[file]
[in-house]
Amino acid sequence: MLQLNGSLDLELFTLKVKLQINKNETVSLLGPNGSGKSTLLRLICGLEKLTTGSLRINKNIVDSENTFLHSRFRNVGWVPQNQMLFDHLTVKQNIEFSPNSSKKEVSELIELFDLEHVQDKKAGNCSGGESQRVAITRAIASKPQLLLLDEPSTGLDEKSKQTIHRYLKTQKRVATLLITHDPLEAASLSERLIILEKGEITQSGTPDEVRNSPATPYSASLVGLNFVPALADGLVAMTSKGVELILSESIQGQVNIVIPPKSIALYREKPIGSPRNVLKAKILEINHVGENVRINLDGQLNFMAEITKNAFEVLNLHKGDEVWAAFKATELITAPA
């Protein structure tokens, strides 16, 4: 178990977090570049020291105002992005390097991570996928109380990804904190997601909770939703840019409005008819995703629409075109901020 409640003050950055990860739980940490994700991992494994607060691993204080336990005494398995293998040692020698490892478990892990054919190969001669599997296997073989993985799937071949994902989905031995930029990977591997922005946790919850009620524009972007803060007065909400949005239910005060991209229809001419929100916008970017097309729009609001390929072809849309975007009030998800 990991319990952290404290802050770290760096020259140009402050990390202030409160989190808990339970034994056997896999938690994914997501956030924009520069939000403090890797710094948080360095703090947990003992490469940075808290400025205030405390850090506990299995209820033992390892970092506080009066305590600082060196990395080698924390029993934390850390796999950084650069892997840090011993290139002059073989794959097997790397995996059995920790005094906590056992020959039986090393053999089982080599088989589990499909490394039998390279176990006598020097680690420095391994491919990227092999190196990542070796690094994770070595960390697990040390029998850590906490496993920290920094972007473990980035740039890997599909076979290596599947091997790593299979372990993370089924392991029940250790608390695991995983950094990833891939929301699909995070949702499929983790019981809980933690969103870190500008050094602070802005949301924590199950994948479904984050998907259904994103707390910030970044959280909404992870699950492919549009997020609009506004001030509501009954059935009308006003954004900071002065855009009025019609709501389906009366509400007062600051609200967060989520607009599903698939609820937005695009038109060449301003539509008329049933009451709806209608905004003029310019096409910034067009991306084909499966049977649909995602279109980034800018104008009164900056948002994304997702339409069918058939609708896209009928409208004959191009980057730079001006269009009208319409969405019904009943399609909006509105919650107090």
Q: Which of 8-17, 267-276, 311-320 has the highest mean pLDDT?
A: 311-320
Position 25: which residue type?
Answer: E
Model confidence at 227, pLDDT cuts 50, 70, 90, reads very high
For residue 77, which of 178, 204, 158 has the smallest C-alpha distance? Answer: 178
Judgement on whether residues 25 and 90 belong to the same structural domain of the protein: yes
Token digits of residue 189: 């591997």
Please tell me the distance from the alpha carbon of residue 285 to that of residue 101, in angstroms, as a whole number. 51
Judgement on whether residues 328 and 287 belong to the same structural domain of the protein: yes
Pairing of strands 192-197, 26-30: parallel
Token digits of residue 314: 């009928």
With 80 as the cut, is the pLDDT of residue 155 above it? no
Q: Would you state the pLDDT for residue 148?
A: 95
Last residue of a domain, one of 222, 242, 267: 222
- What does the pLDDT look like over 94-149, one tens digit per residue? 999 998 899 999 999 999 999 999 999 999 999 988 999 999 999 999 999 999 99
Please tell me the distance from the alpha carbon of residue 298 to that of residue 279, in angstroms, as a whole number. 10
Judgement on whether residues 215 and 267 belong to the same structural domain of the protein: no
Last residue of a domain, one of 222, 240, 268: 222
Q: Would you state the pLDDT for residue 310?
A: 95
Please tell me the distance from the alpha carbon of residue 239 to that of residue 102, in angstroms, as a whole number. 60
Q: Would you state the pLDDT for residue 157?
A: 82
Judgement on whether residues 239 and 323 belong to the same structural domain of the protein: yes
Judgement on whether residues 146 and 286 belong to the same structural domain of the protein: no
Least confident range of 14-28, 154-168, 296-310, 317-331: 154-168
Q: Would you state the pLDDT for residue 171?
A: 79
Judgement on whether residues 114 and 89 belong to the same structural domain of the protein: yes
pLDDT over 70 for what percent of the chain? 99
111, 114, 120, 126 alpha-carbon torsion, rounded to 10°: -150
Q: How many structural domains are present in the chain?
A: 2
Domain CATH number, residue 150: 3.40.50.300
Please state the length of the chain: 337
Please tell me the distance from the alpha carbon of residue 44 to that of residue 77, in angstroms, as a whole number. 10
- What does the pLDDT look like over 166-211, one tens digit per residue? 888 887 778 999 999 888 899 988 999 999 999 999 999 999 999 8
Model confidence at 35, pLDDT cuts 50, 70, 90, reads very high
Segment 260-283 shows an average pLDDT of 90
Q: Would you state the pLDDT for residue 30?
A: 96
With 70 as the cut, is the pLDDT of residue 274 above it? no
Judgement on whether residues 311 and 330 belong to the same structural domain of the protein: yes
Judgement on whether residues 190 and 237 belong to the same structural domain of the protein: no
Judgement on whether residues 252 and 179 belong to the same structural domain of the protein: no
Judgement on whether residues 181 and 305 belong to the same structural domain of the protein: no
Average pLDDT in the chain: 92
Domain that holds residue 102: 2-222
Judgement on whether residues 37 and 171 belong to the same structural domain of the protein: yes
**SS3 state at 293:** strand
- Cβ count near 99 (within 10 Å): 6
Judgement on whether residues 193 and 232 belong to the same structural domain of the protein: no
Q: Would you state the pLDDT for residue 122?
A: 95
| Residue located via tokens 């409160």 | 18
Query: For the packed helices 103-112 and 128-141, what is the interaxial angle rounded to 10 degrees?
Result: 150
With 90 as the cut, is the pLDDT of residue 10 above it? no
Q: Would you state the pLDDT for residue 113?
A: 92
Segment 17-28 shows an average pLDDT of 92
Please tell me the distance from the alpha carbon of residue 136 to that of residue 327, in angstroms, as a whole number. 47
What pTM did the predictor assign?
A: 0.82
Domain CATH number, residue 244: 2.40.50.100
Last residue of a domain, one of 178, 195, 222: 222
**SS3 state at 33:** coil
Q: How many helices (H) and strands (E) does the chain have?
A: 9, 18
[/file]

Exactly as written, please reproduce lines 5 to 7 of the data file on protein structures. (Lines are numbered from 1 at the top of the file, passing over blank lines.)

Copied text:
A: 311-320
Position 25: which residue type?
Answer: E